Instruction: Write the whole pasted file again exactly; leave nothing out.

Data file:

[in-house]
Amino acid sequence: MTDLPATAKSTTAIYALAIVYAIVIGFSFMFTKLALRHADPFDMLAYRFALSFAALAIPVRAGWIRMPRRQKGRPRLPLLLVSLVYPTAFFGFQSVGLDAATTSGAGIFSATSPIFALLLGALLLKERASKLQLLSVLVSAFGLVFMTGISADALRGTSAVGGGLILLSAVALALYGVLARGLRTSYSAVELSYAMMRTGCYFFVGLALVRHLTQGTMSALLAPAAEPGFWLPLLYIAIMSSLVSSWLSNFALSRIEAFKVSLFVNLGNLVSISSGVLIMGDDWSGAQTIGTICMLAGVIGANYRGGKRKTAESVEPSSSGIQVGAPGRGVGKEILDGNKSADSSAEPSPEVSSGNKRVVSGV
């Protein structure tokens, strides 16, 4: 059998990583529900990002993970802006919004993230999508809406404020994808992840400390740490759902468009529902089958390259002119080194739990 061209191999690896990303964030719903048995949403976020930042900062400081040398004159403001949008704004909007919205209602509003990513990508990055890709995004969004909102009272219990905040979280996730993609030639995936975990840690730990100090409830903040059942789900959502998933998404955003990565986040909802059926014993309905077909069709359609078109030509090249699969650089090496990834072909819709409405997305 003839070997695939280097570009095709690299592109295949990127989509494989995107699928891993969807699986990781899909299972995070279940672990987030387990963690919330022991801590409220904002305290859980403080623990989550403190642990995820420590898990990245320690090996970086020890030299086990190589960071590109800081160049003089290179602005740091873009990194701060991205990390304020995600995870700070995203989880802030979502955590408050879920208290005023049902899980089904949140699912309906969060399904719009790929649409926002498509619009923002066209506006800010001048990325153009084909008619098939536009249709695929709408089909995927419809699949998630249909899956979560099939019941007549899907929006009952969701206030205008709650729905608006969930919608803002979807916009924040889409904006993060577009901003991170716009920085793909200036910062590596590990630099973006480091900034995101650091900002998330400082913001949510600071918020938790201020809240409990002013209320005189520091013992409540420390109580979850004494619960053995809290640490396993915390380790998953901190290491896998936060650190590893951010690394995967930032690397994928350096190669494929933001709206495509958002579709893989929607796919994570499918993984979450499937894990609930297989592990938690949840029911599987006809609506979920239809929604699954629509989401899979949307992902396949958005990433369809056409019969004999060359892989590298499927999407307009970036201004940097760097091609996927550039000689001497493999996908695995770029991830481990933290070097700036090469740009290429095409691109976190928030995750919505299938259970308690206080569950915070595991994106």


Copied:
[in-house]
Amino acid sequence: MTDLPATAKSTTAIYALAIVYAIVIGFSFMFTKLALRHADPFDMLAYRFALSFAALAIPVRAGWIRMPRRQKGRPRLPLLLVSLVYPTAFFGFQSVGLDAATTSGAGIFSATSPIFALLLGALLLKERASKLQLLSVLVSAFGLVFMTGISADALRGTSAVGGGLILLSAVALALYGVLARGLRTSYSAVELSYAMMRTGCYFFVGLALVRHLTQGTMSALLAPAAEPGFWLPLLYIAIMSSLVSSWLSNFALSRIEAFKVSLFVNLGNLVSISSGVLIMGDDWSGAQTIGTICMLAGVIGANYRGGKRKTAESVEPSSSGIQVGAPGRGVGKEILDGNKSADSSAEPSPEVSSGNKRVVSGV
């Protein structure tokens, strides 16, 4: 059998990583529900990002993970802006919004993230999508809406404020994808992840400390740490759902468009529902089958390259002119080194739990 061209191999690896990303964030719903048995949403976020930042900062400081040398004159403001949008704004909007919205209602509003990513990508990055890709995004969004909102009272219990905040979280996730993609030639995936975990840690730990100090409830903040059942789900959502998933998404955003990565986040909802059926014993309905077909069709359609078109030509090249699969650089090496990834072909819709409405997305 003839070997695939280097570009095709690299592109295949990127989509494989995107699928891993969807699986990781899909299972995070279940672990987030387990963690919330022991801590409220904002305290859980403080623990989550403190642990995820420590898990990245320690090996970086020890030299086990190589960071590109800081160049003089290179602005740091873009990194701060991205990390304020995600995870700070995203989880802030979502955590408050879920208290005023049902899980089904949140699912309906969060399904719009790929649409926002498509619009923002066209506006800010001048990325153009084909008619098939536009249709695929709408089909995927419809699949998630249909899956979560099939019941007549899907929006009952969701206030205008709650729905608006969930919608803002979807916009924040889409904006993060577009901003991170716009920085793909200036910062590596590990630099973006480091900034995101650091900002998330400082913001949510600071918020938790201020809240409990002013209320005189520091013992409540420390109580979850004494619960053995809290640490396993915390380790998953901190290491896998936060650190590893951010690394995967930032690397994928350096190669494929933001709206495509958002579709893989929607796919994570499918993984979450499937894990609930297989592990938690949840029911599987006809609506979920239809929604699954629509989401899979949307992902396949958005990433369809056409019969004999060359892989590298499927999407307009970036201004940097760097091609996927550039000689001497493999996908695995770029991830481990933290070097700036090469740009290429095409691109976190928030995750919505299938259970308690206080569950915070595991994106």